In order to win a hockey, the concept is a rather simple. All you have to do is to score one more goal than your opponent. Whether you outscore your them in a game 2-1 or 8-5, it still only counts as one win. In time, people won’t remember the score, or the way the games went. They will only remember that the Montreal Canadiens, a team that had no business competing for the playoffs this year, pulled the upset by defeating the mighty Pittsburgh Penguins three games to one in the best of five series.
This win, heavily signed Carey Price, Shea Weber, Jeff Petry and Ben Chiarot, sent two of the NHL’s biggest stars packing. Sidney Crosby finished the series with two goals, one assist for three points while co-star Evgeni Malkin only managed a meager assist in four games. Malkin had to face the duo of Weber and Chiarot the entire series and as noted by yours truly and others on our Twitter feed, it sure seems like he was getting rid of the puck every time Weber was close to him.
The famous trap
Call it strategy, smothering or anti-hockey, the Canadiens turned what used to be a fast and entertaining team into a boring but perhaps more efficient defense-first group. And that’s how they managed to keep the Penguins off the scoresheet most of the series. Let’s rejoice as the trap is back in Montreal, folks. Made popular by Jacques Lemaire when he coached the Canadiens, then the New Jersey Devils, and continued with Jacques Martin, this style of hockey was gone with Michel Therrien and then, for a while, under Claude Julien. Fans loved the entertaining style of hockey, fast, back and forth, that the Habs were playing. Win or lose, you were sure to be entertained by going to or watching a Montreal Canadiens’ game.
But that started changing back in February of 2019, when Julien returned to his old habits. Since then, he has been trying to get back to his old boring, defensive style and its smothering system and up until this series, it had failed miserable as the Canadiens were playing for .500, well on their way of missing the playoffs… once more. Oh, the Habs had their breakdowns in their own zone and in the neutral zone in this series but they were able to count on a Carey Price at the top of his game when things went sideways.
“I thought our structure got better. I thought we developed into a really defensive cluster and made it more difficult for them to come up the ice. We were just competing in our end. I think that’s what it came down to.” ~ Carey Price
Julien is proud of himself, of his team in general, and he should be. When the goal of the game is winning, he has done that. The offensive stars on the Pens didn’t have many opportunities as the Canadiens often found themselves with five players deep in their zone. At some point, it was to wonder if it was Julien’s team or if they had reverted back to the days of Martin…
“We knew their backs were against the wall. They were going to be desperate. But I think defensively, we did a great job.” ~ Claude Julien
But what truly matters to the fans? It depends who you ask. With the exception of this unique COVID Cup, those fans do pay big dollars to attend games. Professional sports, while a business to those involved, remains entertainment for fans. You don’t believe me? Then explain why the NHL got rid of the tie games? Because they felt like fans wanted a winner at the end of a game. In reality, most long time fans couldn’t care less if they went home with a tie, as long as they were entertained.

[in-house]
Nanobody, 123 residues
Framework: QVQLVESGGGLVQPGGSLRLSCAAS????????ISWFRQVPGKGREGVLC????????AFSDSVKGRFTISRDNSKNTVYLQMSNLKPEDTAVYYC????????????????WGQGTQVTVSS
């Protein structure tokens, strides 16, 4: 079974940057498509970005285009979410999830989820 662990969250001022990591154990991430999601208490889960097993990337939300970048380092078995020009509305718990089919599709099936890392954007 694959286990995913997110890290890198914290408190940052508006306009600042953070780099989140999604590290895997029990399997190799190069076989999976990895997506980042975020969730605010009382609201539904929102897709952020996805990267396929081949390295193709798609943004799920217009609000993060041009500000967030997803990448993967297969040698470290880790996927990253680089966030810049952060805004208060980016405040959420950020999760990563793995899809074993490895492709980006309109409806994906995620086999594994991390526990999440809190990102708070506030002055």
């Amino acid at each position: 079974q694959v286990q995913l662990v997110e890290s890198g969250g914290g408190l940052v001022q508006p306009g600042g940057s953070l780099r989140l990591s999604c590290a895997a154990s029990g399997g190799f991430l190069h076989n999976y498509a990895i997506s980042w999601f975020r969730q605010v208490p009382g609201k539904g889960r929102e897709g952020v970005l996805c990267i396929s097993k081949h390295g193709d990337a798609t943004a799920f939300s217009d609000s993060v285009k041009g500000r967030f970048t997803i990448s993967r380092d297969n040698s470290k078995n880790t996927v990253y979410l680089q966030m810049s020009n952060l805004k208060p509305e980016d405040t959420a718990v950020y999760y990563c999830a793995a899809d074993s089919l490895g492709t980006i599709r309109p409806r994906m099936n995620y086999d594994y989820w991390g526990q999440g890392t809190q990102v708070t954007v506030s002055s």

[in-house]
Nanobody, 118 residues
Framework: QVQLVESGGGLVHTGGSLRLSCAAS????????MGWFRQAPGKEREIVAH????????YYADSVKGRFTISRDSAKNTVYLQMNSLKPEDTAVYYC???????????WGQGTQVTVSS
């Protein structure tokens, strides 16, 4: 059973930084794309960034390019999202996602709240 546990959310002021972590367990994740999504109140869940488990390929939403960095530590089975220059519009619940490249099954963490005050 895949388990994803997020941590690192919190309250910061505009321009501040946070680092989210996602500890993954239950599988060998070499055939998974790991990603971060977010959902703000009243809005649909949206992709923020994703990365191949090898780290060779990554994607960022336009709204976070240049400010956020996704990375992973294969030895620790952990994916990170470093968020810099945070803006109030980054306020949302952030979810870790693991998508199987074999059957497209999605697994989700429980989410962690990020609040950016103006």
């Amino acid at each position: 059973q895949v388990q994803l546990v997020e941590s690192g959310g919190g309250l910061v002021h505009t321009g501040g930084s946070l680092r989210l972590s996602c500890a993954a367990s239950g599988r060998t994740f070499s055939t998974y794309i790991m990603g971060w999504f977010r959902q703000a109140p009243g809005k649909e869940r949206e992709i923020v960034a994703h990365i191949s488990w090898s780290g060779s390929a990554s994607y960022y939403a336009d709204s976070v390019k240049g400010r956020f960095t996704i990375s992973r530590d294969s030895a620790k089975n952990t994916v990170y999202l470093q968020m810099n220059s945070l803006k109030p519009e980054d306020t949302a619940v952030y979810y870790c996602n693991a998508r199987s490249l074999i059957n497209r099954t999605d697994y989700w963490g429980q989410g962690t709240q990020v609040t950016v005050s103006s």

Which brings the question: what do fans want more? Their team winning with a boring trap-style of hockey or with a high-tempo, back and forth game? Let’s not make the mistake of believing that all trap teams have success, as not all offensive-minded teams are losing. In all honesty, it depends on the composition of their team.
The Canadiens have proven, when Julien first returned to Montreal, that they were an entertaining group in spite of their seemingly lack of high end talent up front. You can create excitement by activating your defense and by having a good group of skaters, which is what they did (and still do). So why that change, really? It comes with the mentality that everyone must buy in a system that favorizes defense first, and offense only if an opportunity occurs.
The Canadiens dumped the puck out of their zone every chance they got in this series against the Pens. And ultimately, when the goal is winning, it worked for them. But this is the most boring team I’ve seen since the days of the two Jacques: Lemaire and Martin. Tomas Tatar, Max Domi (playing on the 4th line?!?) and Joel Armia are still looking for their first point while Brendan Gallagher and Jonathan Drouin each managed… a single point. Smothering.
It is my humble opinion that after this fake dream of a COVID Cup is over for the Habs, GM Marc Bergevin should pull the pin on his coach and give the reins to a younger, more proactive man at the helm.
Clarification on Draft pick
Now that Montreal has moved on to the playoffs’ round, they will not have a shot at drafting Alexis Lafrenière and that has left some fans quite confused. Should they cheer for their team to win or to lose to get a better pick, helping them in the future? That ship has sailed, fortunately or unfortunately depending on which side of the fence you find yourself.
Unless they trade, the Canadiens are now set to pick 16th overall, unless they reach the Conference Finals. This means that they would still pick 16th if they were to win their next series and lose the one after. With that known, here’s hoping that every Habs’ fan can leave their differences aside and do what fans are supposed to do: complain. Just kidding! Cheer on their favourite team. Go Habs Go!